Is it possible to consider all acts of art-making as collaborations, as works made in tandem with one’s-self, with others, with spaces, with objects, with ideas? Over the past few months, poets Natalie Diaz and Ada Limón — whose collaborations include a poetic correspondence titled “Envelopes of Air” — embodied this question as they searched WCMA’s online collection selecting and sharing works of art, and responding to each other’s discoveries. From their conversations emerged eight paintings and photographs on display in WCMA’s Reading Room. These works serve as the starting point for further collaborations, including student workshops and an ongoing written exchange between Natalie and Ada. This program will begin with a look at the selected works on view at the museum, followed by a conversation about artistic collaboration.
Ada Limón is the author of five books of poetry; her most recent, The Carrying, was recently awarded the National Book Critics Circle Award and was a finalist for the PEN/Jean Stein Book Award, and her previous volume, Bright Dead Things, was a finalist for the National Book Award in Poetry, the Kingsley Tufts Poetry Award, and the National Book Critics Circle Award.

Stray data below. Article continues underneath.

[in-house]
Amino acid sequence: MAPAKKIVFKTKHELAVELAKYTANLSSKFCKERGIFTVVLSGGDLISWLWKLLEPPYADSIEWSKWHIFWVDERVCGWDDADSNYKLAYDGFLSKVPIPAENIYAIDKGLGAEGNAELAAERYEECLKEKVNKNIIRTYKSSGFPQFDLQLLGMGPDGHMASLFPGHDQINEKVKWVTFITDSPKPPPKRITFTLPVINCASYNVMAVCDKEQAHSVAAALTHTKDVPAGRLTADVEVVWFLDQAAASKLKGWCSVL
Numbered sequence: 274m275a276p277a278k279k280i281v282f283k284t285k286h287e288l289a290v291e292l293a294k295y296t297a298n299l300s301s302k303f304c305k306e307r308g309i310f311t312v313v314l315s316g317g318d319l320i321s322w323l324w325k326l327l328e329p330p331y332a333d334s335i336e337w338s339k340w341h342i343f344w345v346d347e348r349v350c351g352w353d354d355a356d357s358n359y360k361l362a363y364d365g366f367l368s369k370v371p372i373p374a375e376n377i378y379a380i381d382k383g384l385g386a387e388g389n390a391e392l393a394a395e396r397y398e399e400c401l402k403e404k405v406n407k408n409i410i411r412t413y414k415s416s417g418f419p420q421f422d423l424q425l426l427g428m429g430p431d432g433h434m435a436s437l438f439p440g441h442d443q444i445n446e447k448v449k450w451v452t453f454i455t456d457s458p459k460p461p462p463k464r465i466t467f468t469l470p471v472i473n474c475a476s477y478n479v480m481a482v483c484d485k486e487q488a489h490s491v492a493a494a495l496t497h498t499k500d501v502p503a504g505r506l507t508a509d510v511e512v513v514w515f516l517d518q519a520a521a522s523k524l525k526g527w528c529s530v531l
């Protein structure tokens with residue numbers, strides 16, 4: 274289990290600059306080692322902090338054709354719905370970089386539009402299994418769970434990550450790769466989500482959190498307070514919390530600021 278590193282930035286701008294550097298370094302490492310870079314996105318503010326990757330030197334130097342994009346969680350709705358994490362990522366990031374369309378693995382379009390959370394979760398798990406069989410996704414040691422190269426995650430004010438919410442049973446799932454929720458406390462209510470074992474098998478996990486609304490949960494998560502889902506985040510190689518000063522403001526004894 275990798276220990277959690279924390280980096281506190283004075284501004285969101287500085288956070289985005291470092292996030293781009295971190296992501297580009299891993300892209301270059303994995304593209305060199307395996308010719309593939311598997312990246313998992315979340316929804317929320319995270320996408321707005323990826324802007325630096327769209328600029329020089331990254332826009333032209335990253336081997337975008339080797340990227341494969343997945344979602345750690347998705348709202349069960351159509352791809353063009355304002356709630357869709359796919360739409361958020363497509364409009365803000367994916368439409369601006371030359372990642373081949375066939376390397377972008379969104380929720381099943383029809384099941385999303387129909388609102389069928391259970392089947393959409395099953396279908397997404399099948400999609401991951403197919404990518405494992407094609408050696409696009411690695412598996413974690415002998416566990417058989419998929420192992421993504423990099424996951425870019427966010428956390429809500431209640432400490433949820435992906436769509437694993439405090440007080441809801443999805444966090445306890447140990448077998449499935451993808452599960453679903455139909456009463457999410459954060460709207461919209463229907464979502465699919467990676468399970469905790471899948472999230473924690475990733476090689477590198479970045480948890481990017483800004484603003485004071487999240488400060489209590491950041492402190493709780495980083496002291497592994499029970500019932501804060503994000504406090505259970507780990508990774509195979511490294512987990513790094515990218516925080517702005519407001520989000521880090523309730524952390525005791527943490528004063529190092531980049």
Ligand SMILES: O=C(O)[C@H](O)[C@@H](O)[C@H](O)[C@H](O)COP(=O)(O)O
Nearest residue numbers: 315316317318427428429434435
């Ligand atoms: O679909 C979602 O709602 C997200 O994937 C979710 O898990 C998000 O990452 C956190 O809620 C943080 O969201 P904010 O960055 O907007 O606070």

Natalie Diaz was born and raised in the Fort Mojave Indian Village in Needles, California, and is an enrolled member of the Gila River Indian Tribe. A linguist and former professional basketball player, her first book, When My Brother Was an Aztec, was published in 2013. She is a MacArthur Fellow, a Lannan Literary Fellow and a Native Arts Council Foundation Artist Fellow.
This project is presented by the Williams College Museum of Art and the English Department.